South Africa has been faced with strict gambling laws since the 1600s. In 1965, when the Gambling Act was introduced, all real money gambling became completely prohibited with the only exception of horse racing. This suppression of gambling soon led to a surge in illegal casino operations throughout Ciskei, Venda, Bobhuthatswana and Transkei in the 1970s –which posed significant problems for the country until they were able to put proper regulations in place in 1996.
Interestly, 1996 was also the year the National Gambling Board was established, creating a turning point for South Africa when all forms of real money gambling became legalised. On top of introducing a national lottery, 40 gaming licenses were also distributed to the various South African provinces to allow casino gaming such as table games, slot machines and poker rooms.
The Rise of Land-Based Casinos
In the years that followed, newly-licensed casinos began sprouting up across major cities such as Durban, Cape Town and Johannesburg, quickly becoming the cornerstone of South Africa’s gambling industry due to their exotic layouts and luxurious red-carpet appeal.
Many of them were developed into all-inclusive resorts — and soon became a place where patrons, residents and tourists alike could lap up the 5-star experience of casinos, great entertainment, fine dining and a space to relax and unwind. The biggest of these casino resorts was, and continues to be, the Rio Casino Resort in Kierksdorp. At 266,330 square-feet, it’s also recorded as the 5th largest casino in the world; however, it’s still not considered the ‘King’ of casinos in South Africa.
The industry’s most dominant land-based casino chain is Sun International Hotels LTD. This is the same company responsible for many of the multiple resorts, casinos, hotels and other extravagant facilities found around the country, of which now spans across other countries like Nigeria and Swaziland. The Sun is also recognised as being the first brand to officially cement itself into the South African gambling landscape.
In 2008, the National Board came close to legalising online gambling in South Africa, but fears over money laundering and religious upset pushed practically all internet-based gambling and advertising into prohibition. By 2010, the High Court of Gauteng confirmed that international vendors were strictly forbidden to offer any services to South African residents. Unsurprisingly — and just like in most countries where gambling is heavily restricted — this didn’t deter a handful of unlicensed betting sites from doing it anyway.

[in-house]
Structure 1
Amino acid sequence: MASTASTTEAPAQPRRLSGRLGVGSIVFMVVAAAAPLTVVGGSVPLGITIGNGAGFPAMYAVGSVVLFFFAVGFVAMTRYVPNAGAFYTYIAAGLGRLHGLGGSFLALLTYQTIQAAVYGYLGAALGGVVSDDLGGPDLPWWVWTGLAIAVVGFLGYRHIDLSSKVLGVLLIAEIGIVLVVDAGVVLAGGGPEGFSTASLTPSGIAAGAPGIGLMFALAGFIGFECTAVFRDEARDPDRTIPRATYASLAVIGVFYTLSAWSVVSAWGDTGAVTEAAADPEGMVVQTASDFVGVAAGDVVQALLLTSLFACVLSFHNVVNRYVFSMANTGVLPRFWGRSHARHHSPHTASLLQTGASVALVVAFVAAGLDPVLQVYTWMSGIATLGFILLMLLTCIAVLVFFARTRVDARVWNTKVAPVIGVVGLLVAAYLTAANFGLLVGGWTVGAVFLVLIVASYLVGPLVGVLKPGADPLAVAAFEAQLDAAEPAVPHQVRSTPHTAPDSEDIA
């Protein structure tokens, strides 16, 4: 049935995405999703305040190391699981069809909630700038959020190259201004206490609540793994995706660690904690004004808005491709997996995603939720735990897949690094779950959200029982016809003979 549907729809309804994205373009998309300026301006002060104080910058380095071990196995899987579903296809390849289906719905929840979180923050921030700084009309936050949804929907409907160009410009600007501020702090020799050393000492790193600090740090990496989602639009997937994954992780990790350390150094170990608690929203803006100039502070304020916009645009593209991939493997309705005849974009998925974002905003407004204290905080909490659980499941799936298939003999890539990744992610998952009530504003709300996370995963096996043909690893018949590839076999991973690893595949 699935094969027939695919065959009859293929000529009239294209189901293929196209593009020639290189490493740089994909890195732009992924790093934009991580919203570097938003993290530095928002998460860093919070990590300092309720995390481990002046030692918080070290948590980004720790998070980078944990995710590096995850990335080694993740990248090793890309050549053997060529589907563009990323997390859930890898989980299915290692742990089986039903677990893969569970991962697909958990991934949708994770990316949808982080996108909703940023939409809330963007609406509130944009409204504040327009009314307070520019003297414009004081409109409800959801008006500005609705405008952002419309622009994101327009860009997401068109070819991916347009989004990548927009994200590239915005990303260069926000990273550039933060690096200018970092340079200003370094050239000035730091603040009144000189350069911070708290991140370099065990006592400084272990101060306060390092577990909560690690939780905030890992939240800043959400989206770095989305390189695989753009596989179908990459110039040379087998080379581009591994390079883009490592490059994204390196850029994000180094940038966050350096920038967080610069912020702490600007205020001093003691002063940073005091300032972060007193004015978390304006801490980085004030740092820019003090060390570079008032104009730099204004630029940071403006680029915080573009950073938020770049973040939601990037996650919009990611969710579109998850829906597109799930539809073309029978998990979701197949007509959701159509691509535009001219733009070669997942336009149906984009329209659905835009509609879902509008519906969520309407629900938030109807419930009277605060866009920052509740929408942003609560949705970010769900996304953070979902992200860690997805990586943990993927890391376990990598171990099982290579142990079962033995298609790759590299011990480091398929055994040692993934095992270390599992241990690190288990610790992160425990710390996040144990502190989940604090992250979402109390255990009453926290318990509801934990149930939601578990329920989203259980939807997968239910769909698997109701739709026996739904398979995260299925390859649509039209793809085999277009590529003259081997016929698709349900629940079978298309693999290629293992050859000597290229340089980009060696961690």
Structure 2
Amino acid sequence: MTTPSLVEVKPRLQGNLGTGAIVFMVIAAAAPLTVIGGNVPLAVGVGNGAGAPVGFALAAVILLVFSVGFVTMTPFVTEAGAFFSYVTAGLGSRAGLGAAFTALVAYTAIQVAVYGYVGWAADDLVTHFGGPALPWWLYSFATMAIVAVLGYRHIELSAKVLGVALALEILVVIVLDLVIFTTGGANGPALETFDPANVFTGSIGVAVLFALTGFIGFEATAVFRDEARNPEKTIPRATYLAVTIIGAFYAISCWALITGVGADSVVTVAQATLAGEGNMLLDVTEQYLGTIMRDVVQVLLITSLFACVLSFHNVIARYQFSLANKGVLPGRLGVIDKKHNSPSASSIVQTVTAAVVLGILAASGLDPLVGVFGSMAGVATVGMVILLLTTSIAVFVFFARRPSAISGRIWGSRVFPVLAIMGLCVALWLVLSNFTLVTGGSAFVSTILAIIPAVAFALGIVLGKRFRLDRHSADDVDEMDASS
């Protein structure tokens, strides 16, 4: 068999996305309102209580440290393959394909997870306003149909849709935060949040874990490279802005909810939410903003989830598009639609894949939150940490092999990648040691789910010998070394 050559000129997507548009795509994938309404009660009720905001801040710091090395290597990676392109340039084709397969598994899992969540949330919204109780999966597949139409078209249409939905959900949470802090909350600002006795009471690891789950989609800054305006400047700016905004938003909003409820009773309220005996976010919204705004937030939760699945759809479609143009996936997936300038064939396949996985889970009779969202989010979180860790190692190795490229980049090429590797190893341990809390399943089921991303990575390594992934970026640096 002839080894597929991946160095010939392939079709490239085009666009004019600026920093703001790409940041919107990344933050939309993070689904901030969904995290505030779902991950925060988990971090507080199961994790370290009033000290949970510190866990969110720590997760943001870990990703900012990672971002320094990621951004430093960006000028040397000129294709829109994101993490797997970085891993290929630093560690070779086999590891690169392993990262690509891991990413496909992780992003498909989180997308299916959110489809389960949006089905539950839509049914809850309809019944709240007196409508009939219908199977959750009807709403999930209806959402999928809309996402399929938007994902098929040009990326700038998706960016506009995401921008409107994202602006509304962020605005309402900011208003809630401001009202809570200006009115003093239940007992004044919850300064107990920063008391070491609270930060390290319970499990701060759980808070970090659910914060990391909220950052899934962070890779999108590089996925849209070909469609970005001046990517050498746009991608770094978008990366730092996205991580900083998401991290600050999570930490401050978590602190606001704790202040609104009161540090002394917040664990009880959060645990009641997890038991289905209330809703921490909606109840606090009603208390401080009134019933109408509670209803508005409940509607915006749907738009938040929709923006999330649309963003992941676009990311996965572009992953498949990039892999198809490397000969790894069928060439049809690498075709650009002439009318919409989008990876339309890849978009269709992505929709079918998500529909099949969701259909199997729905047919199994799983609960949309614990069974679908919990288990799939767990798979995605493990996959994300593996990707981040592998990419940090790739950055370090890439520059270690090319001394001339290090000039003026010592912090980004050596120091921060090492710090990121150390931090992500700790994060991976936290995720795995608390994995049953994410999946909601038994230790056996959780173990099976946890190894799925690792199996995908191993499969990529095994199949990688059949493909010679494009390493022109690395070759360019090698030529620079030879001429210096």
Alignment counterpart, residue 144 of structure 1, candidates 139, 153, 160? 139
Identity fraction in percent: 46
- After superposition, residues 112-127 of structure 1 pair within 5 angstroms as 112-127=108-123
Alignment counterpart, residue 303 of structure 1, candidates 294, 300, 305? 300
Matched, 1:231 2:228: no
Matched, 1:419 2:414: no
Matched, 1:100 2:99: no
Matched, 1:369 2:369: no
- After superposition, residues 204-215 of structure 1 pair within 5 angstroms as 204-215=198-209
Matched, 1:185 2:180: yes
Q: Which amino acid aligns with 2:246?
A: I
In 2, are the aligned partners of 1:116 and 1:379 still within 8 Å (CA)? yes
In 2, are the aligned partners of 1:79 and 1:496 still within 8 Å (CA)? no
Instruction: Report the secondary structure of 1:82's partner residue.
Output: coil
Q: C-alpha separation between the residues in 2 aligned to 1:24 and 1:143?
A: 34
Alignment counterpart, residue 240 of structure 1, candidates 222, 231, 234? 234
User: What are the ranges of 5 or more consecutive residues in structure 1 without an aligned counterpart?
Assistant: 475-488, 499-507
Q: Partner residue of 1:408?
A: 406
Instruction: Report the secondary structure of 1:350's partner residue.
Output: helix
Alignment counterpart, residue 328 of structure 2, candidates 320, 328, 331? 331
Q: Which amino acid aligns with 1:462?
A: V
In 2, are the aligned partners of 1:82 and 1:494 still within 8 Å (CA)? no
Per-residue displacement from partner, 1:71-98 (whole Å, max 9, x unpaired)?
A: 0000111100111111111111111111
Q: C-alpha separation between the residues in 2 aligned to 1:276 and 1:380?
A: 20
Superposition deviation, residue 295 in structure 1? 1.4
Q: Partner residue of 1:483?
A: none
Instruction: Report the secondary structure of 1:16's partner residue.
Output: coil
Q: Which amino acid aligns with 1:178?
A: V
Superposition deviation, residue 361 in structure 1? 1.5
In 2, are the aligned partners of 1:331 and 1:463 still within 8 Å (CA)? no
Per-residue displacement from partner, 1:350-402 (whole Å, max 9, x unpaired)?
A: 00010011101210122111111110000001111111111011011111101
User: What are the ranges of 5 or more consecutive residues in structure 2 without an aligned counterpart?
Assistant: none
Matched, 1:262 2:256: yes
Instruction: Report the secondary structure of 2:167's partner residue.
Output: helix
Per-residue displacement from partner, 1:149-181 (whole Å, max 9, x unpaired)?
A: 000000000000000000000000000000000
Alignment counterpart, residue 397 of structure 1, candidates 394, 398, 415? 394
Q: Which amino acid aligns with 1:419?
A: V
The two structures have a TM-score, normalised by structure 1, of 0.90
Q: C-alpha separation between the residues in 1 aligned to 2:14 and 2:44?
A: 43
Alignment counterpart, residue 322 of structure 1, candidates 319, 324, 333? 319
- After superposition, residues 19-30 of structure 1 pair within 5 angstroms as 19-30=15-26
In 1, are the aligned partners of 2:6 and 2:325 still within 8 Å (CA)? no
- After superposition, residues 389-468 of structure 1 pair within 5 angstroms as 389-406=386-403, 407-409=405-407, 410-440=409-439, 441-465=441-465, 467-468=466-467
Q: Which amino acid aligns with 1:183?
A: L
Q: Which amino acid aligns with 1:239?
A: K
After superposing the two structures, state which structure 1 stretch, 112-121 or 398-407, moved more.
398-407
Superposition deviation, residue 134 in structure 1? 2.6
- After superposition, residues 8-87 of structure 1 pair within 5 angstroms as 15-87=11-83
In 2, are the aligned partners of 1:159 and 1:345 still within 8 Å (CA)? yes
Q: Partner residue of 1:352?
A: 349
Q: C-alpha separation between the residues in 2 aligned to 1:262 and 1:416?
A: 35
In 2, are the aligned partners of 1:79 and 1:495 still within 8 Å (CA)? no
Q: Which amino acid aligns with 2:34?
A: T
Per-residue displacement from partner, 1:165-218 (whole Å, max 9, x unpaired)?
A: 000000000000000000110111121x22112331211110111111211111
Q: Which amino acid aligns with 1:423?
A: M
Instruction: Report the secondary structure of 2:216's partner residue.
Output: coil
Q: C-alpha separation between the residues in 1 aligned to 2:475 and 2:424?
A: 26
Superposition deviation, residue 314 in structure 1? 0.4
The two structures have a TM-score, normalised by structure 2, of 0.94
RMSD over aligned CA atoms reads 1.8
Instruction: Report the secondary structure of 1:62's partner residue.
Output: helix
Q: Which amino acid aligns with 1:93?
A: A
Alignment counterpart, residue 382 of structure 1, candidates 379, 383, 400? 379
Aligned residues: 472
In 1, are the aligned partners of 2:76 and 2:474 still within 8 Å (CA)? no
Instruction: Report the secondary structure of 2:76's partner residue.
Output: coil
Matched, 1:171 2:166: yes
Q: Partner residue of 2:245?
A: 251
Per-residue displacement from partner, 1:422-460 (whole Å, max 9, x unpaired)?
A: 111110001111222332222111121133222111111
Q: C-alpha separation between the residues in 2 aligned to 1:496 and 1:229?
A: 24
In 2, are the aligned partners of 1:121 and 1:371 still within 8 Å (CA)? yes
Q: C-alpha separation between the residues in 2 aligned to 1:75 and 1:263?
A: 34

There are a select number of online casinos which are fully licensed to offer certain classes of games, plus licensed bookmakers able to accept wagers on provincial horse racing events and online sports bets. Like Yebo Casino, these are reputable operators which allow residents of recognised jurisdictions to legally wager on games for real money.
In addition to online sites, there are a number of off-shore platforms which target players to gamble on casino games that aren’t permitted. The problem stands with the fact that the government hasn’t yet established any rules to prevent or give any reason for players not to gamble online, so many of them choose to risk playing games with these off-shore companies – regardless of what the law says.
If the operator gets caught, however, the matter is a different story. Any underground casinos or internet service providers found to be offering games without a license, processing gambler’s payments, or wrongfully advertising betting options to South African players are in violation of South African gambling laws. Any of these crimes can either lead to the operator facing a fine of up to R10 million, a 10-year prison sentence, or both. SA is estimated to lose millions in annual tax revenue from illegal gambling alone, which is why the punishment is so severe for the illegal casinos which eventually get caught out.
South Africa’s current laws may portray a country which isn’t able to offer much to gamblers right now, but South African casino resorts are rated some of the best in the world – so it’s probably safe to say that gambling will play an important and valuable piece in the economy’s jigsaw puzzle for years to come.
The biggest challenge is the illegal gaming that takes place, and the threats these organisations continue to pose to thousands of innocent players. The best and wisest decision you can make when you’re looking to gamble is to make sure you only ever sign up with reputable and legitimate casinos – no matter whether they are offline or online.
Luckily, there are certified sites like Yebo Casino where you can freely and legally gamble without restrictions or risks. Not only will you find a comprehensive platform of exciting games to play 24/7, but you can also take comfort in knowing that your enjoyment, safety and welfare is the casino’s top priority.